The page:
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West Nile 'non-traditional' disaster

BY DANIEL YEE | BALTIMORE | August 23, 2002

"I think the word ... 'non-traditional' is a good way to describe it."

—Art Jones

If it's a flood, earthquake, tornado or hurricane, emergency management agencies are ready to help people. But what emergency planners in Louisiana and Mississippi are facing is a little bit different: the chaos and panic caused by a different disaster: the West Nile virus.

"I think the word ... 'non-traditional' is a good way to describe it," said Art Jones, disaster recovery division chief for the Louisiana Office of Emergency Preparedness. "This is affecting every community in the state. We are kind of writing the book for this as we go."

Many states are finding they are having to deal with the threat of the mosquito-borne virus as they go. Nearly 300 people have become ill from the virus in 15 states, the District of Columbia and New York City. About 150 of those cases are in Louisiana and 58 more cases are in Mississippi. These states as well as Arkansas have declared statewide emergencies to tackle the problem.

In addition, 14 people have died from the virus, including eight in Louisiana and three in Mississippi.

"We declared a state of emergency because the local counties were so heavily impacted; we had a budget cut and crisis situation the past two years in Mississippi and counties had to budget less for ... mosquito spraying and normal precautions," said Amy Carruth, spokesperson for the Mississippi Emergency Management Agency. "West Nile is something new and different, but really not procedurally different than [another] natural disaster."

Traditional disasters often result in state receiving help from the Federal Emergency Management Agency. Because West Nile virus is a public health problem, state and federal health agencies -- such as the federal Centers for Disease Control and Prevention in Atlanta and the U.S. Department of Health and Human Services -- have taken the lead and state emergency management planners help when state and county funds get low, Carruth said.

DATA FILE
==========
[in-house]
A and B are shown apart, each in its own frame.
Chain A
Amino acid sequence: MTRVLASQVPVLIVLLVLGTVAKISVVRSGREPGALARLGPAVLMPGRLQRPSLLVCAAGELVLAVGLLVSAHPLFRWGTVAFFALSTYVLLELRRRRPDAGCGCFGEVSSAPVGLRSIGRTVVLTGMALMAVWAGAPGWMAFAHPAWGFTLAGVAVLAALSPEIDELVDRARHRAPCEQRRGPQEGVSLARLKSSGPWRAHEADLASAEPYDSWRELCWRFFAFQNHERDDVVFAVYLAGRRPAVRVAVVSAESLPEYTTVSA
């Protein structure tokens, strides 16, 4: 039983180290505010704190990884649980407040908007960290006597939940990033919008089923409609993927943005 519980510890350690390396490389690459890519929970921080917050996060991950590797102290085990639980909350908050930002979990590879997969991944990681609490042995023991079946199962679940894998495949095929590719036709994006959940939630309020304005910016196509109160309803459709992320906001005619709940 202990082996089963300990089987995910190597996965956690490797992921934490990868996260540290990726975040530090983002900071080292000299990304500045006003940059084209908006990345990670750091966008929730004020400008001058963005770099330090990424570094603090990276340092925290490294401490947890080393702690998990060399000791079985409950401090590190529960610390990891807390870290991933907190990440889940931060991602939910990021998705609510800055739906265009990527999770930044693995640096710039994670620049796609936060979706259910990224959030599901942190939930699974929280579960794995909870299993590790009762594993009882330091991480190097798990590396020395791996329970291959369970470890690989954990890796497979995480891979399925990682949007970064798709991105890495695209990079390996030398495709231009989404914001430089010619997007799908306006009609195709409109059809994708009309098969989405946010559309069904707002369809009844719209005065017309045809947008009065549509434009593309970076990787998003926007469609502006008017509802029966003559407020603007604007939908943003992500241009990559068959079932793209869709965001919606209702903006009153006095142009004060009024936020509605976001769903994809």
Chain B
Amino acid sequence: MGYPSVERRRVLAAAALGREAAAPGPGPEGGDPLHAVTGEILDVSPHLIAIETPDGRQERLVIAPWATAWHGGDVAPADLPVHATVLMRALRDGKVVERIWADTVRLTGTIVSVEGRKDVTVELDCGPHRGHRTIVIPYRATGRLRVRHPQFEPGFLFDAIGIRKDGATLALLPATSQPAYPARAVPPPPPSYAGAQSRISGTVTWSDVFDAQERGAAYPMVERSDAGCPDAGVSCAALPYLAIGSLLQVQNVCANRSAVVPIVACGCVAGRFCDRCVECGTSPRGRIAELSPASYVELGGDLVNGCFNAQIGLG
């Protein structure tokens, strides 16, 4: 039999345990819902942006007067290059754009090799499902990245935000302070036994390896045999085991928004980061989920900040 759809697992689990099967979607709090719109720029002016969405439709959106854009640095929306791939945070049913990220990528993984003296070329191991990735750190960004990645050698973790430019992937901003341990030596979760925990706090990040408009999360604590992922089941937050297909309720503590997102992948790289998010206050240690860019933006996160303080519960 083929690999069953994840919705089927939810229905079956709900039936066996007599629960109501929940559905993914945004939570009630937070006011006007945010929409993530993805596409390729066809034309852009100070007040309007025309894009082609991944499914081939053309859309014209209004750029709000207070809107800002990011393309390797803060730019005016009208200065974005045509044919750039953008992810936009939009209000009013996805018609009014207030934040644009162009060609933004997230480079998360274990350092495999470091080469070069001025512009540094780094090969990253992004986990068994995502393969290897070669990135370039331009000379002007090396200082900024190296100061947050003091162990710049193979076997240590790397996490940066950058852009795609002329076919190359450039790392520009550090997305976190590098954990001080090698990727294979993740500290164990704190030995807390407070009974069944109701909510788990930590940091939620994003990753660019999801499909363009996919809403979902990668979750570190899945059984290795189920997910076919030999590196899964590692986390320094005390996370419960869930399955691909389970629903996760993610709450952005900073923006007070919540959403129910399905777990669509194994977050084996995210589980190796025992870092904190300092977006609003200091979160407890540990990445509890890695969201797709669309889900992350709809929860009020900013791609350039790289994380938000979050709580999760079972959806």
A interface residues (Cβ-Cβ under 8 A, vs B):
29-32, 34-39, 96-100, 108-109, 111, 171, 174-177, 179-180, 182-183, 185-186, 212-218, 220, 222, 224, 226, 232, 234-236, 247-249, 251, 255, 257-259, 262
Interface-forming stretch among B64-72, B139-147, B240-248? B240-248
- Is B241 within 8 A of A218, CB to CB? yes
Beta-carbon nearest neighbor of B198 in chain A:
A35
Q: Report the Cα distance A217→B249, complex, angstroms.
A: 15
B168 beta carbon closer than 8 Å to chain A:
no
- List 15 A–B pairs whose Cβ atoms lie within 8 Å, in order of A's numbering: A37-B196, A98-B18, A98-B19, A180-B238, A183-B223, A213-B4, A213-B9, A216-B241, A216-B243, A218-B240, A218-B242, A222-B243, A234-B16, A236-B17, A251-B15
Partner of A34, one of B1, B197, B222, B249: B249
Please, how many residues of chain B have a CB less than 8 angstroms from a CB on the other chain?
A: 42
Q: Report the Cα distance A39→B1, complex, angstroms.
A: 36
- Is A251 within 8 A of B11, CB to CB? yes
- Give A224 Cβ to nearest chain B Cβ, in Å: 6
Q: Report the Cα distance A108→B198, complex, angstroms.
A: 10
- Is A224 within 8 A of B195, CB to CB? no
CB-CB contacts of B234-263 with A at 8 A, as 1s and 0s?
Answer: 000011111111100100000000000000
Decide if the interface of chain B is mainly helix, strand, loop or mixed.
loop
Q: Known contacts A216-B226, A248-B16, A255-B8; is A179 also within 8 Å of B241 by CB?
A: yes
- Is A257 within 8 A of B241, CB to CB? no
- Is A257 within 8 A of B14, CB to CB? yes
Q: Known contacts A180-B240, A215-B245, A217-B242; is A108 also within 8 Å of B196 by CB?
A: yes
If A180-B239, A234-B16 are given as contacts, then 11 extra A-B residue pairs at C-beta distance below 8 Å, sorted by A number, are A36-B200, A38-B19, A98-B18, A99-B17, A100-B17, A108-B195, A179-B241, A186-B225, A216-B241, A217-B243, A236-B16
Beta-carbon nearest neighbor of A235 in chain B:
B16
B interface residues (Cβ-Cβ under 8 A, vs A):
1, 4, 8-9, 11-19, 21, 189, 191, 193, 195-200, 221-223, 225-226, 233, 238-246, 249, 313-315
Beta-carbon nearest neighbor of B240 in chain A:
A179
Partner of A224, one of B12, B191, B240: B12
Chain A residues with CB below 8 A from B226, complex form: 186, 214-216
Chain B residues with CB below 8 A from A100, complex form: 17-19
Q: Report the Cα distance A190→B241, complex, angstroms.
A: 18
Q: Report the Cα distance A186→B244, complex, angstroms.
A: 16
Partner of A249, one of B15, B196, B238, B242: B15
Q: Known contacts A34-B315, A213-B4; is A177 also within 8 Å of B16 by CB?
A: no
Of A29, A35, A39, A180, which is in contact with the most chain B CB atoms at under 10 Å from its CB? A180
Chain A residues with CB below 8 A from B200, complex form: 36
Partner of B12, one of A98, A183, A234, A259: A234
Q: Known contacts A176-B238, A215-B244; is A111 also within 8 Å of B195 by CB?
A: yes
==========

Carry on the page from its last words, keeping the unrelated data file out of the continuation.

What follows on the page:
"This is a public health concern," Carruth said. "We stepped in at the request of the [state] health department because resources are being depleted rapidly, which is similar to a natural disaster."

Counties and state agencies quickly are going through their funds for mosquito control efforts and are looking to federal agencies for more help.

Having health agencies that can provide assistance in addition to FEMA is helpful, Carruth said.

"That's the only difference [compared to traditional disasters], having the HHS department driving the emergency more than FEMA," she said. "What we're doing is the same old operation stuff. We are here to help answer questions, be a coordination point for federal agencies and the governor's office. ... We kind of collaborate all of it and hang on to it."

A flood or tornado may not affect the entire state. But having a statewide disaster such as West Nile virus is causing unique challenges.

"If a disaster affected the northern part of the state and the southern part had resources, we could pull resources from there," Carruth said. "But now, 62 of 82 counties are affected. Pretty much everybody is laying on everybody's shoulder right now."

Already Louisiana has received $3.4 million and Mississippi $300,000 from the CDC for mosquito surveillance and lab upgrades. Officials in both states estimate mosquito control efforts will cost several million dollars more.